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Aquion Energy Sodium-Ion Battery for Grid-level Applications Project Description

October 2015

Aquion Energy and its partners will demonstrate a low cost, grid-scale, ambient temperature sodium-ion energy storage device. The energy storage chemistry in this device uses an electrochemical couple that combines a high capacity carbon anode with a sodium intercalation cathode capable of thousands of deep discharge cycles over extended periods of time. The proposed aqueous sodium-ion technology includes the use of thicker electrodes, less expensive separator and current collector materials, and the use of benign materials for electrodes and electrolyte salts. This project will progress the work from bench-scale to pilot-scale, enabling multiple ampere-hour cells to be manufactured and assembled into test batteries. Aquion plans to site units between 10 kWh and 100 kWh capacity that have the ability to perform medium to long duration (more than 2 hours) charge and discharge functions with greater than 95 percent DC-DC efficiency. The units will be safe and environmentally benign. Testing will characterize the energy storage capacity of the units, the response to various signals, compliance with utility interconnection standards, battery and power conversion system efficiency, and effectiveness under various cycles typical of the applications being validated. Utility application-level testing will test the functionality of the unit with respect to its ability to respond to external control signals and properly interact with electric grid in carrying out relevant sequences. The pilot line will be commissioned for production at the end of the project.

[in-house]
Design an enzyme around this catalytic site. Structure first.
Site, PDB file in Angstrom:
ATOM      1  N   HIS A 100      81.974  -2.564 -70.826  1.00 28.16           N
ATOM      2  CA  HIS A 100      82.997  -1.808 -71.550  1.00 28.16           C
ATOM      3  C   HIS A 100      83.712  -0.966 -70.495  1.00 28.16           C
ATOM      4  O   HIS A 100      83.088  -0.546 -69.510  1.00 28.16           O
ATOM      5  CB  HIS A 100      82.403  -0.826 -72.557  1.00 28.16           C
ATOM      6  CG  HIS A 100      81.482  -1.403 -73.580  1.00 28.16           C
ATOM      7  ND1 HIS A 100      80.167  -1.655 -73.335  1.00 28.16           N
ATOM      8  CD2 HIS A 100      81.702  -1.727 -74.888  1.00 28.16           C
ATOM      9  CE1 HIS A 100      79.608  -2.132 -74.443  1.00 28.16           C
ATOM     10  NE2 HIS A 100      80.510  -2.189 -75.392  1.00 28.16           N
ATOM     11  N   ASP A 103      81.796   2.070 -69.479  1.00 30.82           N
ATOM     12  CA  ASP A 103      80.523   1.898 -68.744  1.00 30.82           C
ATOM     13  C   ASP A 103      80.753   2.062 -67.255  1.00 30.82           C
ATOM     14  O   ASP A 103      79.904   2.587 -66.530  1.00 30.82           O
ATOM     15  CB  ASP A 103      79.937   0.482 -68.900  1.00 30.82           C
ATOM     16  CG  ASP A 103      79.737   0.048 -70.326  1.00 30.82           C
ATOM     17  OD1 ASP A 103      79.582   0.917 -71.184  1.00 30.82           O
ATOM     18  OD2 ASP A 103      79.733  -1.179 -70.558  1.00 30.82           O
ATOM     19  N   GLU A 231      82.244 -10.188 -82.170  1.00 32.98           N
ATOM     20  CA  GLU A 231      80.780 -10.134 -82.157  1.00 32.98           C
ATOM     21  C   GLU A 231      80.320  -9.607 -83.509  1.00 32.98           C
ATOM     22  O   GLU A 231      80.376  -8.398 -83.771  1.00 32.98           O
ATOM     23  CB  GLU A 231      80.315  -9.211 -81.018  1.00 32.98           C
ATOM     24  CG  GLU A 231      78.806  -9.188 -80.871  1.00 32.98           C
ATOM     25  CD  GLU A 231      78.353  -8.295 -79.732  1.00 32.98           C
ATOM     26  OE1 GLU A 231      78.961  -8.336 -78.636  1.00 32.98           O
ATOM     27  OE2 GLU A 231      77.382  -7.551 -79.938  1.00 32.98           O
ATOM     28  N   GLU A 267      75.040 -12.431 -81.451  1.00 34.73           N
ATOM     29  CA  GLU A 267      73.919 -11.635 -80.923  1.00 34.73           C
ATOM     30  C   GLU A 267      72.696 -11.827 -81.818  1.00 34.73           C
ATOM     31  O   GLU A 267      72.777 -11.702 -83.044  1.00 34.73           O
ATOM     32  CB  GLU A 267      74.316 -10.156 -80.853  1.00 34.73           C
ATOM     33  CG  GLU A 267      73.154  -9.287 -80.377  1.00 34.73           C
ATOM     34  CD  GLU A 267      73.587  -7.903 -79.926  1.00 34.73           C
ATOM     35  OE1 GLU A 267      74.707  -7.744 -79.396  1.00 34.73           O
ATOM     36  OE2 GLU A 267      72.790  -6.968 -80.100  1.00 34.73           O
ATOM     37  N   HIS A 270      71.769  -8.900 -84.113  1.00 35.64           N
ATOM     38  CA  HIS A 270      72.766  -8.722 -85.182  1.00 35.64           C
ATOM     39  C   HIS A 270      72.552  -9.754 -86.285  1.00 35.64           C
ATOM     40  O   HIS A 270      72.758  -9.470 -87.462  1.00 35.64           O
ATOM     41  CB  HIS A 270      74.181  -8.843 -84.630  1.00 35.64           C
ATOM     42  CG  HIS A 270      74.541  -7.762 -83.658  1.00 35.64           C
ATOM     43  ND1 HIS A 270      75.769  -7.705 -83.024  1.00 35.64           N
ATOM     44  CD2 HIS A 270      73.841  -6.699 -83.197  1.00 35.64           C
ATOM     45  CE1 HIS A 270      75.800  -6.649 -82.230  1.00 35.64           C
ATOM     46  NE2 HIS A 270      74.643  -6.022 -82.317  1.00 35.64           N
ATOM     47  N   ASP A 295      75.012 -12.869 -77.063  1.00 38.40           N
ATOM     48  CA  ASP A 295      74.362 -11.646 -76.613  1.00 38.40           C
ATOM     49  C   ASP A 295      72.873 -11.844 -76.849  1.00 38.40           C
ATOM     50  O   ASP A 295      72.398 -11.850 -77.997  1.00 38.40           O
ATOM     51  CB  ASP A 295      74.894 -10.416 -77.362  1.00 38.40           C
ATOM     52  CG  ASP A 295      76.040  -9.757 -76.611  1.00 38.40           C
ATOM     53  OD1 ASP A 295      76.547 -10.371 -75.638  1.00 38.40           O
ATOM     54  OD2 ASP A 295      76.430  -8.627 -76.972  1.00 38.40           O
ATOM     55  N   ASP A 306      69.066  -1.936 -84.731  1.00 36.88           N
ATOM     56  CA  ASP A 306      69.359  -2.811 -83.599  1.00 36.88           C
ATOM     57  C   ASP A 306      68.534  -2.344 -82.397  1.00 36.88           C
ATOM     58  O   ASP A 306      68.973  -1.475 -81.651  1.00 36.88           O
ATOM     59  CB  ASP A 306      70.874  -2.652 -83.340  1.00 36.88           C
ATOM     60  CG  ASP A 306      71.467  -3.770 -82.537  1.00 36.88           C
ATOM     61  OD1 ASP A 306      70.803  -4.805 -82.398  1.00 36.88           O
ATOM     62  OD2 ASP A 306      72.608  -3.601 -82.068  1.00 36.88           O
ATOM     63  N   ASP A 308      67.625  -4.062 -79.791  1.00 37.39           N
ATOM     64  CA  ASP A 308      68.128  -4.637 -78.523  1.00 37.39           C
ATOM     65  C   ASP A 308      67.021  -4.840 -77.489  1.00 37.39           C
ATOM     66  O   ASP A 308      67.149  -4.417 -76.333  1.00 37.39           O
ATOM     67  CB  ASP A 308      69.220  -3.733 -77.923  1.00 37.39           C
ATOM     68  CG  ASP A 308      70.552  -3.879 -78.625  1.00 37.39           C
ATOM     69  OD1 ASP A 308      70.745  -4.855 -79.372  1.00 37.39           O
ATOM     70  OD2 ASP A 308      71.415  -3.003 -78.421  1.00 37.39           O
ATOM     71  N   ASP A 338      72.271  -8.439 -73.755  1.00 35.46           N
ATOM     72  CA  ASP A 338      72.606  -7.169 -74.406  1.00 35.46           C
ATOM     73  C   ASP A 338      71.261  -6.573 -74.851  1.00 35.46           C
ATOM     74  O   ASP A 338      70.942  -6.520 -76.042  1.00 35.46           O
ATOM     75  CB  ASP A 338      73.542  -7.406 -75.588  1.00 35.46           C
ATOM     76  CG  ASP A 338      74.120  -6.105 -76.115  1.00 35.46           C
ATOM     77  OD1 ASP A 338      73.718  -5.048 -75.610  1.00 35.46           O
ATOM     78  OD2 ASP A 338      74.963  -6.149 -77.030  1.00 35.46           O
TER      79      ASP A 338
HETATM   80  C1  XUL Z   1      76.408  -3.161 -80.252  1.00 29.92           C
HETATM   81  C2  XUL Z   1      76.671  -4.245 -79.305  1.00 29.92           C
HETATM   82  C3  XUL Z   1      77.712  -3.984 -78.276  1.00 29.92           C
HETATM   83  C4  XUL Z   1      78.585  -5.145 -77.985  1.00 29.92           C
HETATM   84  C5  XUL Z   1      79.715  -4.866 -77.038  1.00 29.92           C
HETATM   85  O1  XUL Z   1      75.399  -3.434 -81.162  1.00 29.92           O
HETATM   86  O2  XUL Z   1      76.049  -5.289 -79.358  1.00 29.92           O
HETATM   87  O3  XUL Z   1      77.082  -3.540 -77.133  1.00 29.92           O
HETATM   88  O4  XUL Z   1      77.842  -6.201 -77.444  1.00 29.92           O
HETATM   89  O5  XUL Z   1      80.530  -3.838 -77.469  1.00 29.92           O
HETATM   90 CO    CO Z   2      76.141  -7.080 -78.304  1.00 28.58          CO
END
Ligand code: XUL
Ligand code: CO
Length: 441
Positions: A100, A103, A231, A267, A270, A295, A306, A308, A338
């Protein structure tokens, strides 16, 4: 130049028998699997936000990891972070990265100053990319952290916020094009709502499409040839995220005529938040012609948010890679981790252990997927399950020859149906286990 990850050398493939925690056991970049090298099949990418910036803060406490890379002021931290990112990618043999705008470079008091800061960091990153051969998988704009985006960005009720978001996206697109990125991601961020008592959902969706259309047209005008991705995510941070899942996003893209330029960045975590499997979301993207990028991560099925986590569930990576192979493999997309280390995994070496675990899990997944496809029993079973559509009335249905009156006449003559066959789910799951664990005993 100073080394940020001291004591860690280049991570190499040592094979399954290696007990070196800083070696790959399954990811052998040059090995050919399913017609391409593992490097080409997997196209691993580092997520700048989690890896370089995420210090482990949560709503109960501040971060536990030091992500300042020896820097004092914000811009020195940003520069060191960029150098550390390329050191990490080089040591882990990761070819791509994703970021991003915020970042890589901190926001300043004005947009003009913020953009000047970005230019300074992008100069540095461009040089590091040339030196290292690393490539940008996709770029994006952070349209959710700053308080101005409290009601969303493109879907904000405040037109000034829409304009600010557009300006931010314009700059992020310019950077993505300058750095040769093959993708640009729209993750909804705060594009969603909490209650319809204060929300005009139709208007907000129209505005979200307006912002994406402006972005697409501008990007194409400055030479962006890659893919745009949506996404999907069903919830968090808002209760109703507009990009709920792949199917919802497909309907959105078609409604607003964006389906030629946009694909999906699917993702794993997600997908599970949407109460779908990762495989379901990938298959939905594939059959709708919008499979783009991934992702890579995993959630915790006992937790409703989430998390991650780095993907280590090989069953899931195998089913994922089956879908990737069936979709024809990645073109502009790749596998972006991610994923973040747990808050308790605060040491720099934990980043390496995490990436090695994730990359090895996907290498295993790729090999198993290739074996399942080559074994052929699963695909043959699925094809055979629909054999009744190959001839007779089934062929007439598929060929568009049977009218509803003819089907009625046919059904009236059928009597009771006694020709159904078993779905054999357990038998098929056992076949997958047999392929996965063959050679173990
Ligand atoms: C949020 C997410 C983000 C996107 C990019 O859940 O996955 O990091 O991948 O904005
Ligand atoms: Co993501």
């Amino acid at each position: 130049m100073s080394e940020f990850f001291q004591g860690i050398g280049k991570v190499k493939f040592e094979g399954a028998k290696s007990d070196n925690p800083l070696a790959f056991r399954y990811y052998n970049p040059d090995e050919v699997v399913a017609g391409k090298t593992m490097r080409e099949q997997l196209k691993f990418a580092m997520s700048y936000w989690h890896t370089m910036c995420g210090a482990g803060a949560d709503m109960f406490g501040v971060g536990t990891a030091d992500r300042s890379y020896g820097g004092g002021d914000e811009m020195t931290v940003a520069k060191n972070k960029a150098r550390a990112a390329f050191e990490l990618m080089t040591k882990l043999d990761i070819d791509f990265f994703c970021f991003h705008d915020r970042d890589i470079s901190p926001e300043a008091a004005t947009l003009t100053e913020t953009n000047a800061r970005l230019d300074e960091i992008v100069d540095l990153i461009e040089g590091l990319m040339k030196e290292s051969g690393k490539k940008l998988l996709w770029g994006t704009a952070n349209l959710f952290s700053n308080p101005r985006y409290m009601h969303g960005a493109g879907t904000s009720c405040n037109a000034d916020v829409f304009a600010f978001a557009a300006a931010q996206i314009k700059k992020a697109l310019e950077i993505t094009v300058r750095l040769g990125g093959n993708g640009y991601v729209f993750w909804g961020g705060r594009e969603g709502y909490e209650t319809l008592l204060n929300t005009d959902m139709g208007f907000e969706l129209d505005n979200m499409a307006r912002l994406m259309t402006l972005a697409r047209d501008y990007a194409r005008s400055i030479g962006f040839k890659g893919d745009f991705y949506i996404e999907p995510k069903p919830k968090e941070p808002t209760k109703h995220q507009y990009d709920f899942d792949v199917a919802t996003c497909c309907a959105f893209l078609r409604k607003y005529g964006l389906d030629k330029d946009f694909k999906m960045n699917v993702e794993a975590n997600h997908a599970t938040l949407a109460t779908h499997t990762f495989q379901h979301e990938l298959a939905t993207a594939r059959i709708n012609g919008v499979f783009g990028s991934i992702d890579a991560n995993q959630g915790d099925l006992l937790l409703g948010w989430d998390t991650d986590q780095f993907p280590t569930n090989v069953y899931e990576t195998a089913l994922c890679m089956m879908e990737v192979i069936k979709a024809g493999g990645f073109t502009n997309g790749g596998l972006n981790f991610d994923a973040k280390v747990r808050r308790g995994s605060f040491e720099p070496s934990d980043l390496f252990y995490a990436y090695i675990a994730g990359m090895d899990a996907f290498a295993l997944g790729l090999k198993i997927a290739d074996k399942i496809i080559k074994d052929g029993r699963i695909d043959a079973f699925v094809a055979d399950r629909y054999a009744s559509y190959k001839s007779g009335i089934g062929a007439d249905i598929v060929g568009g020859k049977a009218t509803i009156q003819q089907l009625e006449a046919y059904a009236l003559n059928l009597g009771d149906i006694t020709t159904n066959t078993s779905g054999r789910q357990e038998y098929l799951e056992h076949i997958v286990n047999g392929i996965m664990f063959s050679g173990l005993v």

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Raytheon Ktech Flow Battery Solution for Smart Grid Renewable Energy Applications Project Description

October 2015